Types Of Jazz Music

Jazz music types and how the history of jazz music evolved. This article gives a brief overview of four styles and muscial elements.

Jazz music originated solely in the United States. It is a distinctly and uniquely different style of music. Jazz music can be considered a musical collision of American and African cultures. It evolved out of three centuries of cultural and racial conflicts, meaning a clash of the more subdued dominant culture and the more powerful subculture. Jazz is composed primarily of four musical elements: melody, harmony, rhythm and tone color. However, harmony does not play such a powerful role in the evolving of the music itself. The melody, rhythm and tone color make up the primary elements of jazz.

The varying styles of jazz include the "Work Song." This is mainly a rhythmic song which could be referred to as making hard work easier and to go by faster. These are usually unaccompanied upbeat rhythm songs that are usually repeated over and over, a sort of chanting, to make the time go by faster on the job.

Another style is the "New Orleans." This style began in the 1890's as brass band performances of gospel songs and marches. With this came along the formation of the big bands, such as the great jazz pianist and bandleader William Basie. Mr. Basie's band, known as the Count Basie Orchestra, was famous for the driving beat considered to be the epitome of the swing feel. This style of jazz still exists today and is normally referred to as the original style of jazz. This style is also considered to be ensemble jazz and is known for its polyphonic texture.

The "Chicago Style" of jazz music evolved after 1917. Chicago then became the home of jazz music because of the prohibition in the south. Unemployed musicians moved to the Chicago area playing new sounds and searching for places to play the new, exciting style of jazz. With this style the musicians play popular songs with a more homophonic sound. This is the era when the piano is introduced into the background accompaniments.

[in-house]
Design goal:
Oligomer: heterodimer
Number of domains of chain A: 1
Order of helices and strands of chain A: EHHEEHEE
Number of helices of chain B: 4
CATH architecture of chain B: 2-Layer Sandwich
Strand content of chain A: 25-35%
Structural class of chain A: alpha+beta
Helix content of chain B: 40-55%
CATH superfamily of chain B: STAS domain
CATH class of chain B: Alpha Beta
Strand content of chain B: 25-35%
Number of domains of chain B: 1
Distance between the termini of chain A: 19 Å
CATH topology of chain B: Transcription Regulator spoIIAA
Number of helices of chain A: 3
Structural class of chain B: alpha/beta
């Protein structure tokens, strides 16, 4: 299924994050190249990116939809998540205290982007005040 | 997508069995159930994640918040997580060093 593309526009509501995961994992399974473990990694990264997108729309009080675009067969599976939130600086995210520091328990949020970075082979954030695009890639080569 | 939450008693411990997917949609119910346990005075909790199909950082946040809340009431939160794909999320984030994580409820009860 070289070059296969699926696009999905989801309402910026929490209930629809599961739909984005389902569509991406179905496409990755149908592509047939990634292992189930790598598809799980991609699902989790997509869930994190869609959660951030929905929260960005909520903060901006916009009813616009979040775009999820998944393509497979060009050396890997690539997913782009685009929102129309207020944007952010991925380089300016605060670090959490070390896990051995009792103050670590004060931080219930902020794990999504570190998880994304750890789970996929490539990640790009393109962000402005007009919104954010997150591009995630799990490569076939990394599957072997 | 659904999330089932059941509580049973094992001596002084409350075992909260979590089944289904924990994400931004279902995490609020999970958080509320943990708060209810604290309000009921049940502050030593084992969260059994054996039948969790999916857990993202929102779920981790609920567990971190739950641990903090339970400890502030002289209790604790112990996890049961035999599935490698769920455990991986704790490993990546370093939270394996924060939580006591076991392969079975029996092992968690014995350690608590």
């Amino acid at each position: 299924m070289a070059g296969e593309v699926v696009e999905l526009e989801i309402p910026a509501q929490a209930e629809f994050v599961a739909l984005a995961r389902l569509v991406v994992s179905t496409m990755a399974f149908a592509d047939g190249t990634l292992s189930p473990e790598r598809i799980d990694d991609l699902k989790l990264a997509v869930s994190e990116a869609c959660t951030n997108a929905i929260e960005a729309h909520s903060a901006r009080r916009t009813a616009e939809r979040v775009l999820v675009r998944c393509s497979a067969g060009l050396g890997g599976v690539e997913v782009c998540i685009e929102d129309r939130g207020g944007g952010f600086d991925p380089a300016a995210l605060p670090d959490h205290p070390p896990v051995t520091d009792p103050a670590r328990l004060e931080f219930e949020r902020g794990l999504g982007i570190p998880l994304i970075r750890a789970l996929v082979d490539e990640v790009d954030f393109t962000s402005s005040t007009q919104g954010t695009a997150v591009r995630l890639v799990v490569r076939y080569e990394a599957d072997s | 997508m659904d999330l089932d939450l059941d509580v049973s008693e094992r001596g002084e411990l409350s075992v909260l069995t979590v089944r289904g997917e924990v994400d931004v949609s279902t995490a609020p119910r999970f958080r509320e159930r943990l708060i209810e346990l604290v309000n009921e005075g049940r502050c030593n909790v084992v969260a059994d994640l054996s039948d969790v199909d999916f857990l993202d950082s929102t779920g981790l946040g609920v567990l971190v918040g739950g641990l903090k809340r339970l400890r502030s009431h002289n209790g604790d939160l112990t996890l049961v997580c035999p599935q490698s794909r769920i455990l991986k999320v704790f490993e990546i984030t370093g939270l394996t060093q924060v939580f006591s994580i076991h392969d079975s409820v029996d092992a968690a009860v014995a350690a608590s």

"Bebop" came about through and after World War II. Due to an opposition of white establishment, jazz took a turn. It became a fast, but upbeat use of tempos, using elaborate melody and rhythmic patterns. With Bebop, the beat of jazz became lighter. During the later 1940's, Bebop combined dissonance and abstract chording with traditional jazz. This style showed more emphasis on the solo performer.

Later came the style known as "Fusion." This style of jazz reflects back closer to the jazz tradition. Only now the use of electrical and acoustic instruments gives a more modern sound. Jazz popularity grows at this time to a time high due to the use of electrical instruments and the formation of jazz clubs and festivals, directed toward the youth of America.

Jazz music has and will always reflect the artist of the time through the different styles this form of music has taken. Through the years jazz music has changed to meet the needs of changing times and the people's changing taste of music, and for the people's listening enjoyment. Jazz has introduced new sounds and styles to stay afloat in the ever-changing modern world.

The core of jazz music has not changed that much since it began all those many years ago. The framework is still there and always will be. However, the surface will change, as in the different styles that have evolved over the years. The deep down earthy tones, melody and rhythm have made jazz music what it is today and has enlisted memories in all of what it once was.

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